How Kenya's budget has grown over the years

CS Henry Rotich at a past budget ceremony (PHOTO: FILE)
NAIROBI, KENYA: At Sh3.07 trillion, Kenya's budget for the next financial year that starts on July 1 is close to 15 times bigger than it was in 2002.

Government's expenditure has increased substantially since former President Mwai Kibaki took power in December 2002. It more than doubled in his first term in office to hit Sh700 billion in 2007/2008 financial year.

This again went up to Sh1.2 trillion by the time he was leaving office after the second term in 2013, as devolved units continued to take shape. The 2010 Constitution created 47 counties, whose own source of revenue has remained low, leading to increased dependency on the National Government.

Kenya spends a lot on infrastructure, with projects such as Thika Super Highway, the Standard Gauge Railway as well as the upgrading of airports.

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During Kibaki's tenure, the size of Kenya's economy also grew in tandem with Government expenditure, going up from Sh1 trillion in 2003 when he took over power to more than Sh3 trillion in 2012.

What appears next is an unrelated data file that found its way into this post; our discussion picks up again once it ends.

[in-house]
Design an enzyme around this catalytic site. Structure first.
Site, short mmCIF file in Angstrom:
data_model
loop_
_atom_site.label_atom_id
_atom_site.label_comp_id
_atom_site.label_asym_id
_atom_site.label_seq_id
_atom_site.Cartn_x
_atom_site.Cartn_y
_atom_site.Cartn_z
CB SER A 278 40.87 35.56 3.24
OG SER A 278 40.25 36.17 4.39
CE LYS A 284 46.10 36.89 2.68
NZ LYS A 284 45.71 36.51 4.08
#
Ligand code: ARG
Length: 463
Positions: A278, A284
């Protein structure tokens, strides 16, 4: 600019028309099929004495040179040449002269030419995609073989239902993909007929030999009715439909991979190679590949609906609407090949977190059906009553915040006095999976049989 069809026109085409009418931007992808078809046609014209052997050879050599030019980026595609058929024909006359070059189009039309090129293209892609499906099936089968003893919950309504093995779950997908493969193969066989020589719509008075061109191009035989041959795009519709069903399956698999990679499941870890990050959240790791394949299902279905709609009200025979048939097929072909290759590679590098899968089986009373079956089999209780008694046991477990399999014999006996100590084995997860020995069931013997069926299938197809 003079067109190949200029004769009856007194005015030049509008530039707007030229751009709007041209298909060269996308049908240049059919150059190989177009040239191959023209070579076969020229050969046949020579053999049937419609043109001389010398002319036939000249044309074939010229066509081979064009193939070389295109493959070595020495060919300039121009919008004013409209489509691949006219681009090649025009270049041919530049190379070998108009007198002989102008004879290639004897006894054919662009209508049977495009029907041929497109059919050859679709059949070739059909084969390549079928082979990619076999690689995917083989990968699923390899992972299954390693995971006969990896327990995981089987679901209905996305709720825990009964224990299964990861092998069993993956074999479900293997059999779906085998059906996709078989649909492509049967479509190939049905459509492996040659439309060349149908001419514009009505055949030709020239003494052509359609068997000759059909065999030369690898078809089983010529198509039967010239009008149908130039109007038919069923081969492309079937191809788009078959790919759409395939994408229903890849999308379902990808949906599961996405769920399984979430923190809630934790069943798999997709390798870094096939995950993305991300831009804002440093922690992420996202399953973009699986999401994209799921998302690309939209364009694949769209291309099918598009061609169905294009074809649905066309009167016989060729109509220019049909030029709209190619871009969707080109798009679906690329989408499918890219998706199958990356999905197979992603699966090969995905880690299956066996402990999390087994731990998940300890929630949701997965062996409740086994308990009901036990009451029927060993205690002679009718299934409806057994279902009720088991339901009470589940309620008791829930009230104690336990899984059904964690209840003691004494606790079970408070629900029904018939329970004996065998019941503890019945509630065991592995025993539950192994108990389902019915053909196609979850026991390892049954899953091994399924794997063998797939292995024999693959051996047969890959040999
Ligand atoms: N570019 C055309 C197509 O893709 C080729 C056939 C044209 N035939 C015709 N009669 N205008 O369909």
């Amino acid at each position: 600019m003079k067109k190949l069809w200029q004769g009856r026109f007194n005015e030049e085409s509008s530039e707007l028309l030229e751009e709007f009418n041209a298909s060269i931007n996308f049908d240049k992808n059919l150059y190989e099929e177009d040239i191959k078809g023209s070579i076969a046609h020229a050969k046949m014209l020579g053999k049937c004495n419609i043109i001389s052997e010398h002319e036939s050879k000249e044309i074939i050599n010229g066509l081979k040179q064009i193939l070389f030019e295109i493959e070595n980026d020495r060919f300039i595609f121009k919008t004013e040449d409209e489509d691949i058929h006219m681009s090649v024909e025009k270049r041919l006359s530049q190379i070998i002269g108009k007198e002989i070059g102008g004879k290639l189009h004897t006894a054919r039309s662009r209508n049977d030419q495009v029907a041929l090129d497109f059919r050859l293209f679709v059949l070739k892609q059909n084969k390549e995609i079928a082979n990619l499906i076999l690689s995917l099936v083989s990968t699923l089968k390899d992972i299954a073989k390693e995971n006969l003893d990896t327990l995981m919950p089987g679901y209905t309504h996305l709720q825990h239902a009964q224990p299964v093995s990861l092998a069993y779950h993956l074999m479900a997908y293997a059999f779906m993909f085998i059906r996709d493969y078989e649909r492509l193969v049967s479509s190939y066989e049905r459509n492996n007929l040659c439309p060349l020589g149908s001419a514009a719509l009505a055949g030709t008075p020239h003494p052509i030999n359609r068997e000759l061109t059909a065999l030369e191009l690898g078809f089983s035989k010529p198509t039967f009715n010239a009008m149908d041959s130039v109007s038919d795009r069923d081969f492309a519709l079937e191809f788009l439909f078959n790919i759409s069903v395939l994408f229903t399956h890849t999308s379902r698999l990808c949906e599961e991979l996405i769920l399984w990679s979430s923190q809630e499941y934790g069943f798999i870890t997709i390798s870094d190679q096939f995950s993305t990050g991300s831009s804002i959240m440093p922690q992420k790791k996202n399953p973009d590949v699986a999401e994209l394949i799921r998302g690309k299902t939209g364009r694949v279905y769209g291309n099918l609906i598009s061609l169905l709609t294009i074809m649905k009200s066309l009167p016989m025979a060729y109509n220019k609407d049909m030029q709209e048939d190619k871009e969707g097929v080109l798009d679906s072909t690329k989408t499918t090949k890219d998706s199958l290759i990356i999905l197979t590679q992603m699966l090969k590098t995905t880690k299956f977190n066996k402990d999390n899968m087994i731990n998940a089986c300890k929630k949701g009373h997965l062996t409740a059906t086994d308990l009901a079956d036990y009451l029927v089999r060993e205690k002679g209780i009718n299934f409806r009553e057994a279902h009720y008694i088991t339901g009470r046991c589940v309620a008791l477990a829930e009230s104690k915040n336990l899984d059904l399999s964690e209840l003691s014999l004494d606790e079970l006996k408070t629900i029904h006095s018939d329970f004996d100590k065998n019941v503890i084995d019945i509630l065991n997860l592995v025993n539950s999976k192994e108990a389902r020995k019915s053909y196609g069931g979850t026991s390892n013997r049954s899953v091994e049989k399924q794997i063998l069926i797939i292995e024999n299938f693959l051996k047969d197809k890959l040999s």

In the first five years of Uhuru Kenyatta's presidency, Kenya's budget has increased by 90 per cent to Sh3 trillion for the 2018/2019 financial year, from Sh1.6 trillion in 2013/2014. "Just before Moi left power, our budget was about Sh220 billion. Out of that Sh160 billion was tax collections and the balance would be loans, appropriations in aid and such," said Michael Mburugu, a tax partner at PKF.

"In 2003, just after Kibaki got in power, we had a shift that resulted in the expansion of the budget to Sh600 billion at around 2006, of which Sh400 billion was from taxes that was informed by, among others, the tax amnesty that was given in 2003 and 2004." There has been gradual shift in laws, which may have contributed to growing tax revenues.

However, he said, KRA has over the years targeted the same group of people to pay taxes. The taxman has failed in innovation that would rope in the less formal industries, which could be accounting for about 34 per cent of the economy.

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BudgetCS Henry Rotich